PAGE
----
An object can be extremely complex inside, but have a simple interface externally.

    As a wrap up of this short and shallow intro, I can give you two examples that illustrates the benefits of OO programming. (Both are examples from books I've read, I can't remember which ones though)

    Imagine a program beeing like a business.
    You work as an engineer for a car company. You are in need of some reports and data from the vast archives of your company. Instead of going down to the archieves themselves, learning all about how it's structured and organized, learning to use it's IT equipment, and then go and retrieve the actual papers you need, you simply call the archives 'secretary-object', and ask her to send report 10A-001423C66F-04 to your office.
    While you know all about how the electronic fuel control works in your design project, but nothing about how the archives are structured, the secretary knows all the ropes around the archives, but nothing about electronic fuel control units.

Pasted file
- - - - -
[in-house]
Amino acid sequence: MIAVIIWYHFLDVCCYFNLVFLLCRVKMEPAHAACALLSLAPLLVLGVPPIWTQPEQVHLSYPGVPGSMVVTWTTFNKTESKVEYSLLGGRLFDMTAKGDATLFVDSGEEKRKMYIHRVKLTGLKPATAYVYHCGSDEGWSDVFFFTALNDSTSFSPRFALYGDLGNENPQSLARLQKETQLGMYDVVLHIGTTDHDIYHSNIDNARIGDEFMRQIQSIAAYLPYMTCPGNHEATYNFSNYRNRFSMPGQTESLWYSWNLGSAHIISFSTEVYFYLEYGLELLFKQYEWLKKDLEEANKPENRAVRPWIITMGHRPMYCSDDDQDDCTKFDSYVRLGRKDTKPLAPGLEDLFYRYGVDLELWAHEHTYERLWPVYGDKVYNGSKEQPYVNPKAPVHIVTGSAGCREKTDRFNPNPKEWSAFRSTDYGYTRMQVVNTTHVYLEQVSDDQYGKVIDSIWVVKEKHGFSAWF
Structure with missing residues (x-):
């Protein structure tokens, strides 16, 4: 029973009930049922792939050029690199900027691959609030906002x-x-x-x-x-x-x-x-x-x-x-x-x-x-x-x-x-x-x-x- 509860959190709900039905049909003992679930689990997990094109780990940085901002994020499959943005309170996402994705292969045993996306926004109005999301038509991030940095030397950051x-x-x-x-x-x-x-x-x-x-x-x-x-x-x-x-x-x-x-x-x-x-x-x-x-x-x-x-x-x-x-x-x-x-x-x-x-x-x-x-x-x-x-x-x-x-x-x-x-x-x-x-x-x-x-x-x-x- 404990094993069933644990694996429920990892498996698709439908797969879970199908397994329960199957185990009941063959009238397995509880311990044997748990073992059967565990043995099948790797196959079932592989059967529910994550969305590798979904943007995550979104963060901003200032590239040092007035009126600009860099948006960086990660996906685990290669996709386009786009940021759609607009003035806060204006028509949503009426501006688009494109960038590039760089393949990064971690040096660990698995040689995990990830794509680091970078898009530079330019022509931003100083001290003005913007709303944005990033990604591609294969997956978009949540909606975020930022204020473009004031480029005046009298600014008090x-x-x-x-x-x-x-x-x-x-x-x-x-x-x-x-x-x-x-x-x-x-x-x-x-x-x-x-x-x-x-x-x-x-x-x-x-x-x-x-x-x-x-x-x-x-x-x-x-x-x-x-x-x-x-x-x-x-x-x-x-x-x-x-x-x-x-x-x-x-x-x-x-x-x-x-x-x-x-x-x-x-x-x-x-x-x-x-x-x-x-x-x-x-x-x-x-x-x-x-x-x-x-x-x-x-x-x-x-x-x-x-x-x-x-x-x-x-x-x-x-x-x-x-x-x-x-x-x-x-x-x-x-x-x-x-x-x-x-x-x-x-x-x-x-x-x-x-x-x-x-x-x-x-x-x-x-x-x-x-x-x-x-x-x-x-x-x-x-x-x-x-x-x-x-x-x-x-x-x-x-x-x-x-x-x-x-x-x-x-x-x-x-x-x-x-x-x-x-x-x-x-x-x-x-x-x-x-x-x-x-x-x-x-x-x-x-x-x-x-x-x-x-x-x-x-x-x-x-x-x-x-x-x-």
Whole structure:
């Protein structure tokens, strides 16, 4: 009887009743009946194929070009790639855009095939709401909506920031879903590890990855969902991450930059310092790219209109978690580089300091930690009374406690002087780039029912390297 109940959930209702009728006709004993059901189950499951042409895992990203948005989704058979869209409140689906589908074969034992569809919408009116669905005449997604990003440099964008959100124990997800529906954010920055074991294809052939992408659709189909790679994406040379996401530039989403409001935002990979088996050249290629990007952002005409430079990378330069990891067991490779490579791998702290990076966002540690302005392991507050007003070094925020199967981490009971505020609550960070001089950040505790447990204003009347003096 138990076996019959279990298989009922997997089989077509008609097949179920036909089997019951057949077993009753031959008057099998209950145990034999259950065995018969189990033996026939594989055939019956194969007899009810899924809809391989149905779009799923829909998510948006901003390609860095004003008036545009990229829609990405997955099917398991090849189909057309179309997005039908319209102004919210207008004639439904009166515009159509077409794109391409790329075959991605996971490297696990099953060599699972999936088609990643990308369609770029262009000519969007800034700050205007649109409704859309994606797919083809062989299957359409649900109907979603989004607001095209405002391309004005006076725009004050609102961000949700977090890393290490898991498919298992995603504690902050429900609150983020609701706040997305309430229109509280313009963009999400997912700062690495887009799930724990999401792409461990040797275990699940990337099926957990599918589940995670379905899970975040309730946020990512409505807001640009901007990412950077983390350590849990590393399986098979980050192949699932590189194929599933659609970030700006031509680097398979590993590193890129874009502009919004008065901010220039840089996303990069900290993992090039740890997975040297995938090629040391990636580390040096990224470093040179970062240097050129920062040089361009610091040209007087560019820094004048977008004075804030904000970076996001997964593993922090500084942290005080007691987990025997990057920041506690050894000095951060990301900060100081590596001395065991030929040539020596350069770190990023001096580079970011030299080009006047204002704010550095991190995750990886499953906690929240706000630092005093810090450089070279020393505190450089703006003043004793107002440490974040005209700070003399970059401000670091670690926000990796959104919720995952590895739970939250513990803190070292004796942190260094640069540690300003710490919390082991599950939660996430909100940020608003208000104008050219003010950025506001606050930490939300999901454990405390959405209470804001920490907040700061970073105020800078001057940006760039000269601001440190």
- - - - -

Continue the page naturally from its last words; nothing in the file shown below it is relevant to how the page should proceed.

Together you fulfill each other, and are two of thousands of "objects" that in sum makes the company work.

    Object interfaces and encapsulation:
    A large building will often have a lot of elevators. To optimize the service offered by the elevators, a program controls them. Not all elevators run from the ground floor all the way to the top. The majority serves floor 8 through 22. During business hours, 85% of the traffic is between floor 12 and floor 18.
    After hours, the traffic is more spread out, but with varying load between different floors. As the day goes by, traffic load varies from hour to hour, but following a certain pre-determined scheme.
    The different elevators have different load capacity, and different speed.
    The control programs role is to know all this, and position the empty elevators where they are most likely to be called next. To have a strategy for how to answer an 'up' call from floor 14 at the same time a 'down' call is made from floor 17. The program also issues an alert if to many people enter a lift at the same time, exceeding its design limit, etc etc.